2. You don’t know what Peter’s music is like. You say everyone makes music these days. Yea? Well not everyone makes the music you hear on a globally distributed trailer for the latest blockbuster. Before you assume he’s just another sample looper how about you consider that maybe his product is exceptional and worth A LOT more than $28k.

    3. Your attitude is exactly what contributes to the slide downwards of what composers can negotiate for. Don’t do it! Become better at business for your sake, and for all composers’ sakes!

    Lastly, you know what? His music must be worth a lot more than $28k for them to offer that much.

    Just imagine this scenario: here’s a company where each one of their office chairs is worth more than your kitchen. They have a deal lined up to license Peter’s tracks for approx $300k over 10 years. They come along to Peter and say yea we’ll give you $28k and 50% of the 200% broadcast royalties. Peter goes oh it would be just so awfully greedy of me to ask for HALF the broadcast royalties!!


    56 Strat

    Exactly Tbone ! I agree with you 100% ! I was going to chime in after I read music pro’s comment but you said much of what I was going to say. Music pro, with respect [ I’m not bashing ], ” Adapt ” ??? adapt to what ? it’s some of this ” adapting ” to bad deals without a fight and desperation that contributed to the down spiral for artists. It’s more than just the saturation of the market. Peter , ask for 100% writers share, it’s your right. It won’t kill the deal like others are saying here. You very well could get it and and at very worse there might be a little more negotiation. it will be a great learning experience for you. By the way, congrats ๐Ÿ™‚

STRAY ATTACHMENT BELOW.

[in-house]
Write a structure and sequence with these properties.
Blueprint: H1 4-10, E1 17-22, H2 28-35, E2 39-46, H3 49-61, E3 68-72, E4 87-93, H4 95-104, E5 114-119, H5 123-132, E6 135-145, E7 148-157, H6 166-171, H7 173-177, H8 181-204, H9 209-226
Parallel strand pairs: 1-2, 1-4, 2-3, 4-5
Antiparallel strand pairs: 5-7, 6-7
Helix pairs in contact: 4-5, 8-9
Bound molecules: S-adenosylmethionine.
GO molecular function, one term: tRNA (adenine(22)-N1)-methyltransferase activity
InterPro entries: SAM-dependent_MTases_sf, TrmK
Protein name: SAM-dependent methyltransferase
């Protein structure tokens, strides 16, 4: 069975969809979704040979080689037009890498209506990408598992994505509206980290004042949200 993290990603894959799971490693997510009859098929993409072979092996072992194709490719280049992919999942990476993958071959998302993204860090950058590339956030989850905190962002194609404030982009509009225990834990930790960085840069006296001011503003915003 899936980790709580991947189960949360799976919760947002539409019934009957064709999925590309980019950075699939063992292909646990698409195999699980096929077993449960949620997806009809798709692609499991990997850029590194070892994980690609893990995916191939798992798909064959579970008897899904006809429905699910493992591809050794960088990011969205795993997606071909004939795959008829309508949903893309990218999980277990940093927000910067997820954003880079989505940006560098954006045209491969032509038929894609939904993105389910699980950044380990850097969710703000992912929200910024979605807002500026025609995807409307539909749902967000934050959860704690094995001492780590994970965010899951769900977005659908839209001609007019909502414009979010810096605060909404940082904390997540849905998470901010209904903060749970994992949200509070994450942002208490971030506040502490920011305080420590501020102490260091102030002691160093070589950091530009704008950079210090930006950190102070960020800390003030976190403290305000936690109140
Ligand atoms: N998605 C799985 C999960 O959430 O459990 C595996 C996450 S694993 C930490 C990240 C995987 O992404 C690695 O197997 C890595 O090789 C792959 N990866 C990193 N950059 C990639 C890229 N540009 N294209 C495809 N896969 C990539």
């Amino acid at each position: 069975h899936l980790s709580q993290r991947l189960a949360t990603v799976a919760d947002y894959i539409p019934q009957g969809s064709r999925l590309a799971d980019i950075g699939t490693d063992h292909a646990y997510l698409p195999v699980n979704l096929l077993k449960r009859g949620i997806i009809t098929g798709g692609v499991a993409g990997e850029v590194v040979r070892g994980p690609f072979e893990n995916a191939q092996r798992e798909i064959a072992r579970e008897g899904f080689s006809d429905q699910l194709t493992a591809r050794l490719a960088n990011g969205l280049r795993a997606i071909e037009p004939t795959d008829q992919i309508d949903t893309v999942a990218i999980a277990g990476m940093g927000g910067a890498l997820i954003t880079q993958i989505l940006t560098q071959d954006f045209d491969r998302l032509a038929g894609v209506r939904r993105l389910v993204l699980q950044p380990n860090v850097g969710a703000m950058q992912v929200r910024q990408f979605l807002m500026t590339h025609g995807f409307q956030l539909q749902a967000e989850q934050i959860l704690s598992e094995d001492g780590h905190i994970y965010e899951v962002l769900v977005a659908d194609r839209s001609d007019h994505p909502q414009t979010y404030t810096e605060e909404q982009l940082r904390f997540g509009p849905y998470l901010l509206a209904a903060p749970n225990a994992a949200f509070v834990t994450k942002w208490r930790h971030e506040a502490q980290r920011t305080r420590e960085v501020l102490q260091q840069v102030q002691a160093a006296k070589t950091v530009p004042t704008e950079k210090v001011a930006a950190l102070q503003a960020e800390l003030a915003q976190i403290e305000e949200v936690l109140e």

The Dude

    Peter, I’ll give you $38k and 93.1% writer’s share if you post your real name.

    – Anonymous jerky guy

    Only kidding. Whatever you decide, congrats on the offer, and hopefully the deal will go well!


    I didnt talked about Peter music but about music in gerneral those days. If you guys think 28K and 50% writer share is not enough then fine, I think and no metter how good the music is or what deals they have lined up for Peter music, for an anknown writer like Peter, 28K is an amazing deal and I don’t think he should be counter offering just to be “right” and get the full writer share. Of course they will make way more money than the 28K, this is their business. If they will not make it with Peter music, they will make it with another composer music and believe me, I know a few trailer guys that will gladly take this deal. Can Peter make by himself more then 28K for those tracks? Maybe, and maybe not. So why risk it?

    Art Munson

    I’d try to get them to drop the writers share. But if they don’t I’d take the deal anyway. If you’re gonna write production music, you’ll be writing music all the time and those 18 tracks will soon be ancient history. If you’re new to libraries, this sounds like a great opportunity to dive in headfirst.